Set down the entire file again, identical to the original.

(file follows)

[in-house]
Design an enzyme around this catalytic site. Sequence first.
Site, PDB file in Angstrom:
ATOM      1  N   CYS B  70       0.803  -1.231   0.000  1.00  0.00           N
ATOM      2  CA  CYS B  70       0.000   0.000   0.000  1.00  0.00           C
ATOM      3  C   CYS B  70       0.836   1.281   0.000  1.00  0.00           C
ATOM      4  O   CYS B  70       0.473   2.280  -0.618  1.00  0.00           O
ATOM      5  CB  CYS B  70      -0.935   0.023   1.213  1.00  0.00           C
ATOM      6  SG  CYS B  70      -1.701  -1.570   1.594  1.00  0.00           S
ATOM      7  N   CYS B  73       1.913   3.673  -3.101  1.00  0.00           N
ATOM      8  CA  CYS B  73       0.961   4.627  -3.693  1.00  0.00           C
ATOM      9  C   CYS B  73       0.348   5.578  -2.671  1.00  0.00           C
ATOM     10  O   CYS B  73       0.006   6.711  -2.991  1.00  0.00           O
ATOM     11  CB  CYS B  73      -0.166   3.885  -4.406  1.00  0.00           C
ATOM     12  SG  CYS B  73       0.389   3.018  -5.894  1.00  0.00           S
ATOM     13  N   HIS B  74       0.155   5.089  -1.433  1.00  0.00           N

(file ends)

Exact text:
[in-house]
Design an enzyme around this catalytic site. Sequence first.
Site, PDB file in Angstrom:
ATOM      1  N   CYS B  70       0.803  -1.231   0.000  1.00  0.00           N
ATOM      2  CA  CYS B  70       0.000   0.000   0.000  1.00  0.00           C
ATOM      3  C   CYS B  70       0.836   1.281   0.000  1.00  0.00           C
ATOM      4  O   CYS B  70       0.473   2.280  -0.618  1.00  0.00           O
ATOM      5  CB  CYS B  70      -0.935   0.023   1.213  1.00  0.00           C
ATOM      6  SG  CYS B  70      -1.701  -1.570   1.594  1.00  0.00           S
ATOM      7  N   CYS B  73       1.913   3.673  -3.101  1.00  0.00           N
ATOM      8  CA  CYS B  73       0.961   4.627  -3.693  1.00  0.00           C
ATOM      9  C   CYS B  73       0.348   5.578  -2.671  1.00  0.00           C
ATOM     10  O   CYS B  73       0.006   6.711  -2.991  1.00  0.00           O
ATOM     11  CB  CYS B  73      -0.166   3.885  -4.406  1.00  0.00           C
ATOM     12  SG  CYS B  73       0.389   3.018  -5.894  1.00  0.00           S
ATOM     13  N   HIS B  74       0.155   5.089  -1.433  1.00  0.00           N